Brent Bjorlin and his fellow airline passengers didn't have a clue something had gone wrong at 37,000 feet until federal officials with badges and guns boarded the Northwest plane after it landed in the Twin Cities on Wednesday night.

As passengers prepared to leave, flight attendants told them to sit back down, Bjorlin said. Eventually, he and the others filed out, walking past security officials standing outside the closed cockpit door and still others on the jetway and at the gate.

"It looked like it was a big deal," said Bjorlin of St. Michael, Minn.

It wasn't until the next day that he and the others found out that Northwest Flight 188 from San Diego had overshot Minneapolis-St. Paul International Airport by 150 miles, winding up in Wisconsin before turning around to land safely at MSP. Federal officials say the pilots apparently became distracted. Military jets had been on standby to track down the jet after it dropped out of radio communication for about 75 minutes.

"When you hear that fighter jets were ready to scramble, that just gets you really mad," said passenger Scott Kennedy.

In hindsight, passengers say, the wayward flight to Wisconsin may explain why the flight seemed to "drag on," the usual pilot updates were nonexistent and why a flight attendant's "unusual comment" now makes perfect sense.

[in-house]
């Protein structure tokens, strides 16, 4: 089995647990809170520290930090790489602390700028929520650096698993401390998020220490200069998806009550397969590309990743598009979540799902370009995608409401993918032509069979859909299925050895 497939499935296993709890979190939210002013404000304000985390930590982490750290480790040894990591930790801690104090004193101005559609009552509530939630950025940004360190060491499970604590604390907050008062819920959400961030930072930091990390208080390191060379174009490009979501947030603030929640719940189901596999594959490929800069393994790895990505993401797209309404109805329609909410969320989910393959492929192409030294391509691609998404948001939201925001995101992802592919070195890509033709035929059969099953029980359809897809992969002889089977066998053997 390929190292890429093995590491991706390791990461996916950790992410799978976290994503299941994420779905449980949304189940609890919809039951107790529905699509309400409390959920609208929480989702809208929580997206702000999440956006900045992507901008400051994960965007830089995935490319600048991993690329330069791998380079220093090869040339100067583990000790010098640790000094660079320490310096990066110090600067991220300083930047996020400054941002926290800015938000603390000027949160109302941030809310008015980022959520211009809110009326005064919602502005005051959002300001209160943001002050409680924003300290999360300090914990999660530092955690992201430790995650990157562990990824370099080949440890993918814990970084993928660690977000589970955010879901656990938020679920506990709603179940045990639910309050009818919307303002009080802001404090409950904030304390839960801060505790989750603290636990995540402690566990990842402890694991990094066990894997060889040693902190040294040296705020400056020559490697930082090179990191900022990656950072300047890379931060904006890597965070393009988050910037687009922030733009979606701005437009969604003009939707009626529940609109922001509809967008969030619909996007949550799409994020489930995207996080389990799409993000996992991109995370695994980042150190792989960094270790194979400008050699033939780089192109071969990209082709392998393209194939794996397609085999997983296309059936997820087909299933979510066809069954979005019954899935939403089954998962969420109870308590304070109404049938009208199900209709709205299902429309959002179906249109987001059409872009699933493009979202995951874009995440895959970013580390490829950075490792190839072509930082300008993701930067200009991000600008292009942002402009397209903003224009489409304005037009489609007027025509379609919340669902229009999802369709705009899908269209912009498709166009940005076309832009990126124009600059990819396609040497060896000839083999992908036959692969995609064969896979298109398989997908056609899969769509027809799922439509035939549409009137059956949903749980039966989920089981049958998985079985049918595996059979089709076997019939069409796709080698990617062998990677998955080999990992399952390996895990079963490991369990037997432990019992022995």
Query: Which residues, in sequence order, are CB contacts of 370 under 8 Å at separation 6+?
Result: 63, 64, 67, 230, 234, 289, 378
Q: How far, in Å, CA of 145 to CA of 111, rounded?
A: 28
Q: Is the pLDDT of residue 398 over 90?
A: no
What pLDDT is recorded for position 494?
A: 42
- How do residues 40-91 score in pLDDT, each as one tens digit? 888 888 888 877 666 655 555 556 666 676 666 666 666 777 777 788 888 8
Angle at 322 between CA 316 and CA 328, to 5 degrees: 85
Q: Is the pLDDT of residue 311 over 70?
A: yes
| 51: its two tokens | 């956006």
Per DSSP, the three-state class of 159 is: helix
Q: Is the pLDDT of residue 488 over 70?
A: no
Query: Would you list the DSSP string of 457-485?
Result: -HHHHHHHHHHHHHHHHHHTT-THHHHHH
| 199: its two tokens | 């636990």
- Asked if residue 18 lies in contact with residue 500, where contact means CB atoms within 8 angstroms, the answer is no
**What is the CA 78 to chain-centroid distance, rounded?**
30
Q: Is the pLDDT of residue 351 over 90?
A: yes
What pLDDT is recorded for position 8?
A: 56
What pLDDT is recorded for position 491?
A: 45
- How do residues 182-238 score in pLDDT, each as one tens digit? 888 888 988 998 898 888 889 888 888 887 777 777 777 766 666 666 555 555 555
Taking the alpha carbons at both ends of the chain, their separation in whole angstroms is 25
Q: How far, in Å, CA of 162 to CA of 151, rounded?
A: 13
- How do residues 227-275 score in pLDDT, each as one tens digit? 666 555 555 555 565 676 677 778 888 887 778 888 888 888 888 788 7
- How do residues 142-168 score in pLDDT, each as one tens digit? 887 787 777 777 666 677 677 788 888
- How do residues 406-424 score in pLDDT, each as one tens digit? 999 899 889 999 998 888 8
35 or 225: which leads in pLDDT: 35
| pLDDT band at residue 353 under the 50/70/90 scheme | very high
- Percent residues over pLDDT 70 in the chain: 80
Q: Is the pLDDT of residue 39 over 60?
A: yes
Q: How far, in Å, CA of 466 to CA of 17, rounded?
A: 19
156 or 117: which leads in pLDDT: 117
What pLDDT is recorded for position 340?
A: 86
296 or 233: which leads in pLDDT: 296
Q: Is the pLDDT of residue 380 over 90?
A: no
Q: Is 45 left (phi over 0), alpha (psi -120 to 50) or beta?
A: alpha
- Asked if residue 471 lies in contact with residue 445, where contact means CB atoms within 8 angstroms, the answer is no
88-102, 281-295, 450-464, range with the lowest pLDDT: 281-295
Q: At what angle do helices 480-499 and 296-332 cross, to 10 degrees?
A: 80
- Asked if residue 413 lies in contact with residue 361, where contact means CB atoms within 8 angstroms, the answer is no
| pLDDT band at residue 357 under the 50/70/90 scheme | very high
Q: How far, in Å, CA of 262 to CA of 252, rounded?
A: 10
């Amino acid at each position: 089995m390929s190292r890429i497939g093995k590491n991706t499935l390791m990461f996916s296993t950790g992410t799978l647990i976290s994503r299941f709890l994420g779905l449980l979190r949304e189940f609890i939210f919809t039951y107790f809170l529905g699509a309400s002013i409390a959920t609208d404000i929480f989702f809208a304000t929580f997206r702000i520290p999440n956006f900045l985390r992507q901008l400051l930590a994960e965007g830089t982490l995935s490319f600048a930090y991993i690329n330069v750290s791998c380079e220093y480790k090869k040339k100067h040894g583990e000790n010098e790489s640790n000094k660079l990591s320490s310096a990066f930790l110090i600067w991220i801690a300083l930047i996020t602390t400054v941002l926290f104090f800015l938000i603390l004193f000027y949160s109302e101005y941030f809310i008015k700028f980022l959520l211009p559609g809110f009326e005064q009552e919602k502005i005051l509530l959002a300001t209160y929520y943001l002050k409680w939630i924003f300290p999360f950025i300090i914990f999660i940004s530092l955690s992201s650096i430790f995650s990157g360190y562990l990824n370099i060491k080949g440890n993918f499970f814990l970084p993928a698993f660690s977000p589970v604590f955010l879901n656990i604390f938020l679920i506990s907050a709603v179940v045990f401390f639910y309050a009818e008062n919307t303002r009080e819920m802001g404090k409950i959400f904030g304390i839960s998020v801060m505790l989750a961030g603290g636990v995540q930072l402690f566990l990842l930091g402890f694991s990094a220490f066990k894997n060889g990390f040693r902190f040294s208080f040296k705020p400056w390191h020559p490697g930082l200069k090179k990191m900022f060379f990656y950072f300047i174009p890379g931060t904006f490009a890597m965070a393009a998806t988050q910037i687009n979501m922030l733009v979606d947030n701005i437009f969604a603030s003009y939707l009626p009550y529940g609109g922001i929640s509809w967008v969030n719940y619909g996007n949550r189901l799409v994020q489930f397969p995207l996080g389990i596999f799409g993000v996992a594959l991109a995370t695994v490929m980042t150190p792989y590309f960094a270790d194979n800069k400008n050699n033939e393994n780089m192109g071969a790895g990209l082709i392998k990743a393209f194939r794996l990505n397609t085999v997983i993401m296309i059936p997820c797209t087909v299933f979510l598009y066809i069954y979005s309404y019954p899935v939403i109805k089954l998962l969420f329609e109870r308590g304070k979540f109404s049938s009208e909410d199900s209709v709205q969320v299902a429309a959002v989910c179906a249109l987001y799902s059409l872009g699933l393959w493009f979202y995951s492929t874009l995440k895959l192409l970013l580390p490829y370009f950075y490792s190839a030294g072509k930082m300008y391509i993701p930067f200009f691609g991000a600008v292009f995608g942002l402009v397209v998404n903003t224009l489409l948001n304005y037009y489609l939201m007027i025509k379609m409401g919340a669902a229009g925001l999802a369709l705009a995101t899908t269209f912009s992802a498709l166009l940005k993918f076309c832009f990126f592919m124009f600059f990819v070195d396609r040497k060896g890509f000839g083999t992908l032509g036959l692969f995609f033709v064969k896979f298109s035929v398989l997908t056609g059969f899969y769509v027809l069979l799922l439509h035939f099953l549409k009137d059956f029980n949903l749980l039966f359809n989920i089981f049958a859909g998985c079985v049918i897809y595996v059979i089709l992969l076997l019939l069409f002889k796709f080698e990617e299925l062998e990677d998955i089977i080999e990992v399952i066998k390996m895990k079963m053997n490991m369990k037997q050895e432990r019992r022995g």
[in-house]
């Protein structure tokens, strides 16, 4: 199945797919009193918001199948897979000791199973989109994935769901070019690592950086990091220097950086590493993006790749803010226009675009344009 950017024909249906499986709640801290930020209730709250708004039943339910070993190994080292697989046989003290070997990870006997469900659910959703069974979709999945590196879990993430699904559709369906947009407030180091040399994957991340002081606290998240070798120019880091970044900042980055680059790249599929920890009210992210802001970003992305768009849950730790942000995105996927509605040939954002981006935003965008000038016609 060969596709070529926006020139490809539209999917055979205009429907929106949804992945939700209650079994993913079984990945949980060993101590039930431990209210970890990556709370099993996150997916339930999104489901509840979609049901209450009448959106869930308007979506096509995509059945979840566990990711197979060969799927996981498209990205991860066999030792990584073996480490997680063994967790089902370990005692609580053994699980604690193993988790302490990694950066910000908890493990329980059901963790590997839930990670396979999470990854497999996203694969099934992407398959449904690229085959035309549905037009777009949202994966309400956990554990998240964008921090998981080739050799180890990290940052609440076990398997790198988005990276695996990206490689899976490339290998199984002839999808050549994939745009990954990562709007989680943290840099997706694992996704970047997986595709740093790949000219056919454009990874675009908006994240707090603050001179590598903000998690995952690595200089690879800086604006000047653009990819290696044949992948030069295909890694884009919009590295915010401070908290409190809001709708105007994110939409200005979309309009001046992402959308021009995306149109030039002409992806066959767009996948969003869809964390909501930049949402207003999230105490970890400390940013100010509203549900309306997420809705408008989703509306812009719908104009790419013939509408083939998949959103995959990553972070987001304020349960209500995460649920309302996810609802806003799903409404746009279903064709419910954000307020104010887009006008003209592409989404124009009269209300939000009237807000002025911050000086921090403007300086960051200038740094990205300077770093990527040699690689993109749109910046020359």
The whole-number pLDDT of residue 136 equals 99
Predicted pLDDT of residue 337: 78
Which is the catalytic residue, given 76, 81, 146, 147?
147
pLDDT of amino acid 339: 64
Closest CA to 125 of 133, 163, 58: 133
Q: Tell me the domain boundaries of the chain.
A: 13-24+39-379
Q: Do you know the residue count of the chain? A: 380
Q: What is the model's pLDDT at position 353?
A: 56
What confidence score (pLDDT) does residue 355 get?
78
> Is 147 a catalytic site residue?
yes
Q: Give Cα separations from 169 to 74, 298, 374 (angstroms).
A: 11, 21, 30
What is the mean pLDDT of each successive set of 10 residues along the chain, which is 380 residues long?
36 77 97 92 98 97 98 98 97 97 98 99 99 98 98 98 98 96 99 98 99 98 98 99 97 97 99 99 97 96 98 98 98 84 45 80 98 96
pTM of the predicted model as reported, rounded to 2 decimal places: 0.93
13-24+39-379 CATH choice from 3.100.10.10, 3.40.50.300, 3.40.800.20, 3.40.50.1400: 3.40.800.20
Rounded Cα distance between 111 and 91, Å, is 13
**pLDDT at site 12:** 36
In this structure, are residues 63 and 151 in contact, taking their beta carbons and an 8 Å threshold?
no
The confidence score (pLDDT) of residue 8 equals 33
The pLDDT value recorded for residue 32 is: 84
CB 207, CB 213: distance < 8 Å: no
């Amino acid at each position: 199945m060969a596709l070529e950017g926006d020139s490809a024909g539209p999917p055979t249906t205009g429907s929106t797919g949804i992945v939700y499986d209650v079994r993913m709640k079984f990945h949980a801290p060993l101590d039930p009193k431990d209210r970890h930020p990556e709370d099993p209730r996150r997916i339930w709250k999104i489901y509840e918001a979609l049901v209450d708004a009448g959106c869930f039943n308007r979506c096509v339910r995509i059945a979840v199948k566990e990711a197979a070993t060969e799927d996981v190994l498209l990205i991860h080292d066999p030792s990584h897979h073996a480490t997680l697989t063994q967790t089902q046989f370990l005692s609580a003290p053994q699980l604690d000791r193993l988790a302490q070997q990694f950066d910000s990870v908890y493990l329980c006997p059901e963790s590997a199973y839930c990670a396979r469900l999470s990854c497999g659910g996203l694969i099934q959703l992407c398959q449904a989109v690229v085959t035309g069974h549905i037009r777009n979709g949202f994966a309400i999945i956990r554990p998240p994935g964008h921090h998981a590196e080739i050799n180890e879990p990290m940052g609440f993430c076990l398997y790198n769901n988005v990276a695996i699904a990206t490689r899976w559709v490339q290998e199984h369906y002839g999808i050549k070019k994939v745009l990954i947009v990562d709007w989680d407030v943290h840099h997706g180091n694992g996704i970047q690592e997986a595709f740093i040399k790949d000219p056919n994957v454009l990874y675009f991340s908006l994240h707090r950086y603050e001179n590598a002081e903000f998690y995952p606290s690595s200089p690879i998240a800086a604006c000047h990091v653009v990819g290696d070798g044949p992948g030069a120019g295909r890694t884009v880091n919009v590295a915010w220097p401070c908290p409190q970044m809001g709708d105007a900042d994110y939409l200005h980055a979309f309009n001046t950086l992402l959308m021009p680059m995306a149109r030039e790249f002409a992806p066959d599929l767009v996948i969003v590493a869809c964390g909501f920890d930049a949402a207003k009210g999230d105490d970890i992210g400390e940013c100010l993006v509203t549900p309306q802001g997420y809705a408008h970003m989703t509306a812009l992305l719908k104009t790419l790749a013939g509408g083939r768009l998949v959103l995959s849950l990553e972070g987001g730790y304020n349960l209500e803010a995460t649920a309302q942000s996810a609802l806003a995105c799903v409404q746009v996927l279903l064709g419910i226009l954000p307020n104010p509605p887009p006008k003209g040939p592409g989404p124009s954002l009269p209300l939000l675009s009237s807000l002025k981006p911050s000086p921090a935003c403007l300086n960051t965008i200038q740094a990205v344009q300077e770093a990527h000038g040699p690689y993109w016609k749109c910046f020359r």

Some passengers worried about making their connecting flights, Bjorlin said. When a passenger asked when the plane was expected to land, the attendant returned 10 minutes later and said, "'I have no idea when we're going to get to the terminal,'" he said.

Eventually, the pilot announced that the crew was waiting for clearance and would be landing soon, said Anne Kroshus of Woodbury. But the expected arrival time came and went. "It was bizarre," she said. "It certainly didn't feel like we were circling."

"I hate flying," Kroshus said. So to find out that the plane lost radio contact and missed its mark "really freaks me out," she said. "Planes are scary enough as it is, and [now I find out] that my safety was completely on the line by their negligence."

The National Transportation Safety Board (NTSB) is investigating, and Delta Air Lines, which operates Northwest Airlines, has suspended the pilot and co-pilot of the Airbus A320. Delta said Flight 188 had 144 passengers and five crew members.

The pilots didn't respond to controllers' repeated efforts to contact them from about 7 p.m., when the plane was over western Kansas, until 8:14 p.m. when the plane was in Wisconsin, about 150 miles northeast of MSP. The plane flew over the Twin Cities at 7:58 p.m.

The situation grew increasingly alarming from a safety and security standpoint because the pilots could have been in distress or the plane hijacked, said FAA spokesman Tony Molinari.

"When you aren't speaking to a commercial airliner, that's a big issue for us," he said. "We see them on the radar, but not being able to talk to them is a problem."

Control towers in Denver and Minneapolis tried to contact them, as did Northwest, via its dispatch network.